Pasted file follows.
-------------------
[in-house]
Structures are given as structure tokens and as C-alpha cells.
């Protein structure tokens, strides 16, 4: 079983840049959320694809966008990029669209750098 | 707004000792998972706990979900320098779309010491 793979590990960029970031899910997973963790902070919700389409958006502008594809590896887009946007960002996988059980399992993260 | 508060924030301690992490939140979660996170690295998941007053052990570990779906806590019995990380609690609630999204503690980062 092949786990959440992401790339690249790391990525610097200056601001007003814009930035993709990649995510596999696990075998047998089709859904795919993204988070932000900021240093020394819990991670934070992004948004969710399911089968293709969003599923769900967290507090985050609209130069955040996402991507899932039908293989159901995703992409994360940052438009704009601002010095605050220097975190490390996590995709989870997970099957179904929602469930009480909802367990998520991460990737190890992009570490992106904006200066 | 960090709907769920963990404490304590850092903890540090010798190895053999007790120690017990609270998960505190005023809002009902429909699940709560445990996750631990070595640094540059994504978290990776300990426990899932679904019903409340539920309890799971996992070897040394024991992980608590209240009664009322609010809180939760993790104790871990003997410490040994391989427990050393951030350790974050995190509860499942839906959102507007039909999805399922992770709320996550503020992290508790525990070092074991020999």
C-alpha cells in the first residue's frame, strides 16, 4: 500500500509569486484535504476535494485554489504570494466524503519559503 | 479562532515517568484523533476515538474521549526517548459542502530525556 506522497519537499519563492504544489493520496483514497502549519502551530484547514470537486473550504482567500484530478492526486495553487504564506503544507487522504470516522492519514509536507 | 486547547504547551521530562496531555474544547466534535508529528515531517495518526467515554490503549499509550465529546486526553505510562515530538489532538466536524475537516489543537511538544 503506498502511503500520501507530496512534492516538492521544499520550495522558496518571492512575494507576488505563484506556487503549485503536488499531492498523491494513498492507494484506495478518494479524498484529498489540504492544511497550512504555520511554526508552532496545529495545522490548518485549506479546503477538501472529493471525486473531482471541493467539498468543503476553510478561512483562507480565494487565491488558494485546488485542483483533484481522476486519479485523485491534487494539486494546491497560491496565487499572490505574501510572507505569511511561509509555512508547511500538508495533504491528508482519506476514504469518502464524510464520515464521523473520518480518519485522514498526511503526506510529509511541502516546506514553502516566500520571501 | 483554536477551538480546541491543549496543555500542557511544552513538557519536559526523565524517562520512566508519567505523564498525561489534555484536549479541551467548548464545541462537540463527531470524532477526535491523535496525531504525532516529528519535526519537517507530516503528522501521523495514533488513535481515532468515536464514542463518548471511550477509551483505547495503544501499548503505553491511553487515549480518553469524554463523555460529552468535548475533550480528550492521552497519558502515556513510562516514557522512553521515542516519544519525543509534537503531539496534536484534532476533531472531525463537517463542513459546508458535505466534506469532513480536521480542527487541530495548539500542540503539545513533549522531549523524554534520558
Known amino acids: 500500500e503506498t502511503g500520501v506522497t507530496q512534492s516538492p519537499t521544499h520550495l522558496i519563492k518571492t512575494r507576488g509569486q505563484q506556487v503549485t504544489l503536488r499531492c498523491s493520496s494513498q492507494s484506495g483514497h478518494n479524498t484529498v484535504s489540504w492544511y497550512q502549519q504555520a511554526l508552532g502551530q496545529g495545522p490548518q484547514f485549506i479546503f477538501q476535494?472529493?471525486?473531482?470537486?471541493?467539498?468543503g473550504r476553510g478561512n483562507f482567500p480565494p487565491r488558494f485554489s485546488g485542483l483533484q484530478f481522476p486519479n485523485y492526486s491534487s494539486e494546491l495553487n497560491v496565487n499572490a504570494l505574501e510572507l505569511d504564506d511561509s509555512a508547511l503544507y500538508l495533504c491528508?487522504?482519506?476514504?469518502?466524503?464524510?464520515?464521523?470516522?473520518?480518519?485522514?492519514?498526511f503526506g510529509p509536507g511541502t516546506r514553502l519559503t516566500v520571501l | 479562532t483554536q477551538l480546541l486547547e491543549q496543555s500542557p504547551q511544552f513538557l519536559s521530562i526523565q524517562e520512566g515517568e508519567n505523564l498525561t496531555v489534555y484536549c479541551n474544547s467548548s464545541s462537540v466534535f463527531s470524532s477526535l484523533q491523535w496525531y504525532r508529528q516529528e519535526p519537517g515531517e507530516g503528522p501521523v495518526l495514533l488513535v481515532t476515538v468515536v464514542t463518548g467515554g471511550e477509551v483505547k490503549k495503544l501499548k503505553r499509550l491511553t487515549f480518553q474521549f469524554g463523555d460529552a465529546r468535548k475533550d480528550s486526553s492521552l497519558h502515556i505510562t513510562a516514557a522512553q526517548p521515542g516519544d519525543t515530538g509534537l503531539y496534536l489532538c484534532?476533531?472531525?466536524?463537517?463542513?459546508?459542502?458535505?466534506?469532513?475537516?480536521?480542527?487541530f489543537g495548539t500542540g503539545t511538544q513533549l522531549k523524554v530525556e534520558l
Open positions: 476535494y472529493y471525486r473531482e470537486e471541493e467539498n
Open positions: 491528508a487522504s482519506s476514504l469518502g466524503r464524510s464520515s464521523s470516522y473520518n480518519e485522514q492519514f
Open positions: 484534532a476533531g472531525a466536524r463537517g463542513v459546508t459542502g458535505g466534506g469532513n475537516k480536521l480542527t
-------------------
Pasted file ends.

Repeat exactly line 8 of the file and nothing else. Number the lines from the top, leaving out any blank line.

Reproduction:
Open positions: 484534532a476533531g472531525a466536524r463537517g463542513v459546508t459542502g458535505g466534506g469532513n475537516k480536521l480542527t